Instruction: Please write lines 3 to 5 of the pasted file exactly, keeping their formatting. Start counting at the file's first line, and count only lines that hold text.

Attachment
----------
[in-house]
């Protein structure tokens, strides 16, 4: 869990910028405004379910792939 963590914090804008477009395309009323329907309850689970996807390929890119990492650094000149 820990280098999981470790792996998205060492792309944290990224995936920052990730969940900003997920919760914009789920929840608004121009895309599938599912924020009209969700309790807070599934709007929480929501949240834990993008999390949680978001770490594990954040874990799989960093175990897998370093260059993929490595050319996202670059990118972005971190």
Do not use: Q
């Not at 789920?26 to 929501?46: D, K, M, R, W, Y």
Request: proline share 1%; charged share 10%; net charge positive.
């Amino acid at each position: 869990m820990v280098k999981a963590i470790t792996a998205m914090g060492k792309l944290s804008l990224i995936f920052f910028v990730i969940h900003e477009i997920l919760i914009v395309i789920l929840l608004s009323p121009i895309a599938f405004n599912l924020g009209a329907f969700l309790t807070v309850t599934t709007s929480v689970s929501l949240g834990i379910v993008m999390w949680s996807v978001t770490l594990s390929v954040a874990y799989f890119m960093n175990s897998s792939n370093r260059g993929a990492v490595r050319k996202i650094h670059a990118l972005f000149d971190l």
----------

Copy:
Do not use: Q
């Not at 789920?26 to 929501?46: D, K, M, R, W, Y």
Request: proline share 1%; charged share 10%; net charge positive.